Principal focal point and refractive index (n)

Unlike mirrors, different convex lenses of the same size (i.e. ones with the same centre of curvature which defines how curved the convex lens is) can have different principal focal points.

So much depends on the material the convex lens is made of and the angle of refraction that this creates. You have to know the refraction index of the material (n).

Example 1

Example 2

NOTE: For comparison, Air n=1,    Glass n=1.5,    Diamond n=2.4

This makes sense and should be easy to remember because the higher the refractive index the more the light ray refracts (see refractive index section).

Below are the figures used to work this out but they should not concern anyone at this level.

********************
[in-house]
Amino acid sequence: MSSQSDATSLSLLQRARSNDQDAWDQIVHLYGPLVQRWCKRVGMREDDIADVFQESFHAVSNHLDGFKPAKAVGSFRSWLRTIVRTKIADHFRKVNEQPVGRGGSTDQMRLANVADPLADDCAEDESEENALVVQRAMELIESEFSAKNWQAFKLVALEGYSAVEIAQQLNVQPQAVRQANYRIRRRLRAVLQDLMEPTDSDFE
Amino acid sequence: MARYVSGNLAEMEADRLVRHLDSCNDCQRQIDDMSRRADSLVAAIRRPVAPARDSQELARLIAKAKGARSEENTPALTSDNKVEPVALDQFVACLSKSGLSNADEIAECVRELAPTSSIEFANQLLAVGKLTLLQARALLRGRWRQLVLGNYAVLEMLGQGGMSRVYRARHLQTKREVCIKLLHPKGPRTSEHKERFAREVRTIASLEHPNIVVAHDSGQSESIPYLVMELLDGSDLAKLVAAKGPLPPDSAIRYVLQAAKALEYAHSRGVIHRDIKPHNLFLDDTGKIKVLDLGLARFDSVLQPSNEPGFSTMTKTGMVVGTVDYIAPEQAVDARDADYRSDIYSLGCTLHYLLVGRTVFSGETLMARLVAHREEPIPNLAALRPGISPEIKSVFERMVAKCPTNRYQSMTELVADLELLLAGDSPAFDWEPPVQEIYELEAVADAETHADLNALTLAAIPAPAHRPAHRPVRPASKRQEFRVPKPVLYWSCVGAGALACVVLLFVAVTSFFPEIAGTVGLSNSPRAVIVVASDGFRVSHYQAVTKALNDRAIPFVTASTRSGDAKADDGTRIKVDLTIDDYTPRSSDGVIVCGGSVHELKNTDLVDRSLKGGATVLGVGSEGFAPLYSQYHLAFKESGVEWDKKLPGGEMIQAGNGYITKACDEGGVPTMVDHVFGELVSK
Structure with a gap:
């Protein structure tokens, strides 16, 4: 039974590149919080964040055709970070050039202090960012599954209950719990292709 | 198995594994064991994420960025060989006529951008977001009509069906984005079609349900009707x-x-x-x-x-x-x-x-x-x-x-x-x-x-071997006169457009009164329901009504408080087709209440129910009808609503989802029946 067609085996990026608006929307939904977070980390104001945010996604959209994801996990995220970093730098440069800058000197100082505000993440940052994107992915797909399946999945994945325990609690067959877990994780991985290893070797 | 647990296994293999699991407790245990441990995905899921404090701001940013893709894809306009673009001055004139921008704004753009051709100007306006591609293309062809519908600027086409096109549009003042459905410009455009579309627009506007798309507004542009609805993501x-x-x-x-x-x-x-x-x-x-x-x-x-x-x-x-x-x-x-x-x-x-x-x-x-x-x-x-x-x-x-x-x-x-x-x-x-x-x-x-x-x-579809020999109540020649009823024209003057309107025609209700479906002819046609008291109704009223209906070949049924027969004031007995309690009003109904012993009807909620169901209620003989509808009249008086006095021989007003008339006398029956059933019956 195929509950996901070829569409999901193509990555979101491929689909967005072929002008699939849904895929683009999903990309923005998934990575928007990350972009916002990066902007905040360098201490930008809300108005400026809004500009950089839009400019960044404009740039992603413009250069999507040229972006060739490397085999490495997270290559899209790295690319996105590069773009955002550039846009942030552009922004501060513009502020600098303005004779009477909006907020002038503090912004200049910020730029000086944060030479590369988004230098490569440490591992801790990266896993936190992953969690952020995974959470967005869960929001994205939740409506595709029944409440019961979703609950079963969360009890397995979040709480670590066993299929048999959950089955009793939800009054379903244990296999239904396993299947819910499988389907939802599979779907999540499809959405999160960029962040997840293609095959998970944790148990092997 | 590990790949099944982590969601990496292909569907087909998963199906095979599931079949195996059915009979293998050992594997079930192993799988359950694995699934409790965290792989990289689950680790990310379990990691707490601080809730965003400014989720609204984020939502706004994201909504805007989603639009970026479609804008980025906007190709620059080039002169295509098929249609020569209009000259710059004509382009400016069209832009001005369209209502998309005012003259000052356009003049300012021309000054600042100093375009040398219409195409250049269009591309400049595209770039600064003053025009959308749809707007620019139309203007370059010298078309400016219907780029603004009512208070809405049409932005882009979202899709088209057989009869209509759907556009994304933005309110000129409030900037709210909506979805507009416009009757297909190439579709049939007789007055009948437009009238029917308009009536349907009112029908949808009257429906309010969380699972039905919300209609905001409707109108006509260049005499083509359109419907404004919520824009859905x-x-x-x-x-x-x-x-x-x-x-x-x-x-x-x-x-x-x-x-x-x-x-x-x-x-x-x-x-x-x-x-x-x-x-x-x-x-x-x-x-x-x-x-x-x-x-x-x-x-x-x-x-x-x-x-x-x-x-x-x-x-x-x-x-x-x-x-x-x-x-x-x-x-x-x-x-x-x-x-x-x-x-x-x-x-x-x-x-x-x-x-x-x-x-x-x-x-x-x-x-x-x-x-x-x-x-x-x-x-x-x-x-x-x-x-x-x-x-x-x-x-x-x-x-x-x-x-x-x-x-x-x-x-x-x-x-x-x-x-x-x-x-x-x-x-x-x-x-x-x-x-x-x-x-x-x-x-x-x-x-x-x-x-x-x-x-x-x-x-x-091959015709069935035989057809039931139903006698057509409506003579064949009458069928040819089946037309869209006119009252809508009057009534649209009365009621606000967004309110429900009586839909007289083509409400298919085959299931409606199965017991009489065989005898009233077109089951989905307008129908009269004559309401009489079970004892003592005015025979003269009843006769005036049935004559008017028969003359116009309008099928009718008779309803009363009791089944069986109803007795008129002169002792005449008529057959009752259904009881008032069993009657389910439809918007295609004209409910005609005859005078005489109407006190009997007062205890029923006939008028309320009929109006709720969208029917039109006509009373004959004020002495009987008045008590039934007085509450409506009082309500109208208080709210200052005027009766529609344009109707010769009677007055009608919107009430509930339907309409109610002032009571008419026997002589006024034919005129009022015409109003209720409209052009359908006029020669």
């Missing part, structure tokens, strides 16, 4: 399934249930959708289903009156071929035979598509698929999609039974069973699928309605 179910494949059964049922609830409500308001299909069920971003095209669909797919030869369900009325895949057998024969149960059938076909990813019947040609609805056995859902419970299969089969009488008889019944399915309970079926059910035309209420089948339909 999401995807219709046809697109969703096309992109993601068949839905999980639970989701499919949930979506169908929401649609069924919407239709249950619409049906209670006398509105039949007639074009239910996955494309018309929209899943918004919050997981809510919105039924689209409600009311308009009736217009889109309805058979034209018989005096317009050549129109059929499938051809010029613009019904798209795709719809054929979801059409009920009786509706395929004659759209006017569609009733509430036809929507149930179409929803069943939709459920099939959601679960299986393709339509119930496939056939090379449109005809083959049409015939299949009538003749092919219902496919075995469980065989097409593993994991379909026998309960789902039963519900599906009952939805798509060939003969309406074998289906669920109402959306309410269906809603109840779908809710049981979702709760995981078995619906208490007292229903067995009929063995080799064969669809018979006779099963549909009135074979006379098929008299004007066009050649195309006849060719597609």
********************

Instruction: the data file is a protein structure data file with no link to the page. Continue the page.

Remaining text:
Example 1

 Lens radius = 60mm Index of refraction n= 1.4 Object position = 135mm\ \ \ (d\o) Object height = 60mm Gives Image position = 168mm\ \ \ (d\i) Image height = 74mm Focal length = 75mm

Example 2

 Lens radius = 60mm Index of refraction n= 1.8 Object position = 135mm\ \ \ (d\o) Object height = 60mm Gives Image position = 51mm\ \ \ (d\i) Image height = 22mm Focal length = 37mm

NOTE:

In some books you may read that the principal focal length of a lens is

You can see from the above that this can not possibly be correct because for the same curvature lens different materials will have a different principal focal point, hence a different principal focal length.